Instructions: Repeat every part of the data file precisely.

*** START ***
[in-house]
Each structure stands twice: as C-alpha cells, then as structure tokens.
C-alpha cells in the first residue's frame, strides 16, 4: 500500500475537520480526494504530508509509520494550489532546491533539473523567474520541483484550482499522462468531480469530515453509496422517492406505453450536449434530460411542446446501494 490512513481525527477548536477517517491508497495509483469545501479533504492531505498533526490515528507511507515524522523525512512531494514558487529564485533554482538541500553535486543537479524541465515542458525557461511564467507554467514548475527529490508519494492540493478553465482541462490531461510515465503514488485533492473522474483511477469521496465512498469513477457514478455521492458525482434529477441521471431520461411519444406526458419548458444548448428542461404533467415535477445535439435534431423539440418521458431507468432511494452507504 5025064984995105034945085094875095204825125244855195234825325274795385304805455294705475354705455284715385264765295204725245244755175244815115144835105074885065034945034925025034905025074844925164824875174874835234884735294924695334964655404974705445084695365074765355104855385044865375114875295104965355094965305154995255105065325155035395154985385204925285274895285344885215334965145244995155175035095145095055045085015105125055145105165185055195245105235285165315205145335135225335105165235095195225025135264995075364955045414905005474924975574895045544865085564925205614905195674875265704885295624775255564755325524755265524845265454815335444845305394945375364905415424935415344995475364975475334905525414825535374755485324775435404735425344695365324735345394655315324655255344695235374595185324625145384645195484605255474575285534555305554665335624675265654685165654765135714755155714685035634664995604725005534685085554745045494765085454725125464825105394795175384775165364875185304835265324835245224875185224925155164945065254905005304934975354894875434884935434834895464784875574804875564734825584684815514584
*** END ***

[in-house]
Each structure stands twice: as C-alpha cells, then as structure tokens.
C-alpha cells in the first residue's frame, strides 16, 4: 500500500475537520480526494504530508509509520494550489532546491533539473523567474520541483484550482499522462468531480469530515453509496422517492406505453450536449434530460411542446446501494 490512513481525527477548536477517517491508497495509483469545501479533504492531505498533526490515528507511507515524522523525512512531494514558487529564485533554482538541500553535486543537479524541465515542458525557461511564467507554467514548475527529490508519494492540493478553465482541462490531461510515465503514488485533492473522474483511477469521496465512498469513477457514478455521492458525482434529477441521471431520461411519444406526458419548458444548448428542461404533467415535477445535439435534431423539440418521458431507468432511494452507504 5025064984995105034945085094875095204825125244855195234825325274795385304805455294705475354705455284715385264765295204725245244755175244815115144835105074885065034945034925025034905025074844925164824875174874835234884735294924695334964655404974705445084695365074765355104855385044865375114875295104965355094965305154995255105065325155035395154985385204925285274895285344885215334965145244995155175035095145095055045085015105125055145105165185055195245105235285165315205145335135225335105165235095195225025135264995075364955045414905005474924975574895045544865085564925205614905195674875265704885295624775255564755325524755265524845265454815335444845305394945375364905415424935415344995475364975475334905525414825535374755485324775435404735425344695365324735345394655315324655255344695235374595185324625145384645195484605255474575285534555305554665335624675265654685165654765135714755155714685035634664995604725005534685085554745045494765085454725125464825105394795175384775165364875185304835265324835245224875185224925155164945065254905005304934975354894875434884935434834895464784875574804875564734825584684815514584